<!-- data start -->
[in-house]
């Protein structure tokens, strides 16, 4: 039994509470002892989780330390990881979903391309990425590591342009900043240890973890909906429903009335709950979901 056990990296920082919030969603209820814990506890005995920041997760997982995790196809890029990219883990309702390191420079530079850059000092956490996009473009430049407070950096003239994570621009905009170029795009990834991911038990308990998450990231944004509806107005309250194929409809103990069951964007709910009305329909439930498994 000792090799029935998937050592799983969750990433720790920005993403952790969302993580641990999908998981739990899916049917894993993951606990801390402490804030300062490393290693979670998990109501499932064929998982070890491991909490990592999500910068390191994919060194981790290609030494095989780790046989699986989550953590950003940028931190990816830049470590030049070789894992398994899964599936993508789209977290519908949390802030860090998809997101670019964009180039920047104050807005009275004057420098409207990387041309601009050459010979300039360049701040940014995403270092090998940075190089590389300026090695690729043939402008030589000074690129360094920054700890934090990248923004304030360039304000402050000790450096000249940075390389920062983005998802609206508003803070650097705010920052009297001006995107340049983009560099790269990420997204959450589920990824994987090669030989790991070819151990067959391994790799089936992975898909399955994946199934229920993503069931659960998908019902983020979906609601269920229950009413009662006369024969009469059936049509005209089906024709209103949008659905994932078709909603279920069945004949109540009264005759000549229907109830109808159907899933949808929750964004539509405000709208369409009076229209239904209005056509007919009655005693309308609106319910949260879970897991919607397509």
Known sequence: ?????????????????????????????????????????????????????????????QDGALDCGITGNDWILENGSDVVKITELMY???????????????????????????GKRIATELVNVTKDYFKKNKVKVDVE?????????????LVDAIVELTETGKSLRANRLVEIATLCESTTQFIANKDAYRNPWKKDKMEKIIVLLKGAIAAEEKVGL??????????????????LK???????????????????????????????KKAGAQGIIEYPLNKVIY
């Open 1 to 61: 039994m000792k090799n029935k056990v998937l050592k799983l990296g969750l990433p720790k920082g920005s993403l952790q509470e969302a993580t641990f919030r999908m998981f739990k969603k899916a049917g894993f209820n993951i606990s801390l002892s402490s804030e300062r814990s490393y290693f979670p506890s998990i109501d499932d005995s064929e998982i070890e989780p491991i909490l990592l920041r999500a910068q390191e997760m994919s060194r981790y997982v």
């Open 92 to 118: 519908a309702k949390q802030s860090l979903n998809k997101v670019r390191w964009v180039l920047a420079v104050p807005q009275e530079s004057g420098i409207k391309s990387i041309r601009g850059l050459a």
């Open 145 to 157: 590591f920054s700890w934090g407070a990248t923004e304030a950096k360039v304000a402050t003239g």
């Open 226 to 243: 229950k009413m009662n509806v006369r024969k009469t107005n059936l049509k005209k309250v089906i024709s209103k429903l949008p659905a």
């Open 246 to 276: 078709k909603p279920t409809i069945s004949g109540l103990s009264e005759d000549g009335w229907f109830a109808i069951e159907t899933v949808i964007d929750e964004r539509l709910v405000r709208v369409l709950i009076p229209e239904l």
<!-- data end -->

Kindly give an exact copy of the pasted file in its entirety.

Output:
[in-house]
């Protein structure tokens, strides 16, 4: 039994509470002892989780330390990881979903391309990425590591342009900043240890973890909906429903009335709950979901 056990990296920082919030969603209820814990506890005995920041997760997982995790196809890029990219883990309702390191420079530079850059000092956490996009473009430049407070950096003239994570621009905009170029795009990834991911038990308990998450990231944004509806107005309250194929409809103990069951964007709910009305329909439930498994 000792090799029935998937050592799983969750990433720790920005993403952790969302993580641990999908998981739990899916049917894993993951606990801390402490804030300062490393290693979670998990109501499932064929998982070890491991909490990592999500910068390191994919060194981790290609030494095989780790046989699986989550953590950003940028931190990816830049470590030049070789894992398994899964599936993508789209977290519908949390802030860090998809997101670019964009180039920047104050807005009275004057420098409207990387041309601009050459010979300039360049701040940014995403270092090998940075190089590389300026090695690729043939402008030589000074690129360094920054700890934090990248923004304030360039304000402050000790450096000249940075390389920062983005998802609206508003803070650097705010920052009297001006995107340049983009560099790269990420997204959450589920990824994987090669030989790991070819151990067959391994790799089936992975898909399955994946199934229920993503069931659960998908019902983020979906609601269920229950009413009662006369024969009469059936049509005209089906024709209103949008659905994932078709909603279920069945004949109540009264005759000549229907109830109808159907899933949808929750964004539509405000709208369409009076229209239904209005056509007919009655005693309308609106319910949260879970897991919607397509």
Known sequence: ?????????????????????????????????????????????????????????????QDGALDCGITGNDWILENGSDVVKITELMY???????????????????????????GKRIATELVNVTKDYFKKNKVKVDVE?????????????LVDAIVELTETGKSLRANRLVEIATLCESTTQFIANKDAYRNPWKKDKMEKIIVLLKGAIAAEEKVGL??????????????????LK???????????????????????????????KKAGAQGIIEYPLNKVIY
């Open 1 to 61: 039994m000792k090799n029935k056990v998937l050592k799983l990296g969750l990433p720790k920082g920005s993403l952790q509470e969302a993580t641990f919030r999908m998981f739990k969603k899916a049917g894993f209820n993951i606990s801390l002892s402490s804030e300062r814990s490393y290693f979670p506890s998990i109501d499932d005995s064929e998982i070890e989780p491991i909490l990592l920041r999500a910068q390191e997760m994919s060194r981790y997982v």
């Open 92 to 118: 519908a309702k949390q802030s860090l979903n998809k997101v670019r390191w964009v180039l920047a420079v104050p807005q009275e530079s004057g420098i409207k391309s990387i041309r601009g850059l050459a």
């Open 145 to 157: 590591f920054s700890w934090g407070a990248t923004e304030a950096k360039v304000a402050t003239g």
């Open 226 to 243: 229950k009413m009662n509806v006369r024969k009469t107005n059936l049509k005209k309250v089906i024709s209103k429903l949008p659905a």
């Open 246 to 276: 078709k909603p279920t409809i069945s004949g109540l103990s009264e005759d000549g009335w229907f109830a109808i069951e159907t899933v949808i964007d929750e964004r539509l709910v405000r709208v369409l709950i009076p229209e239904l």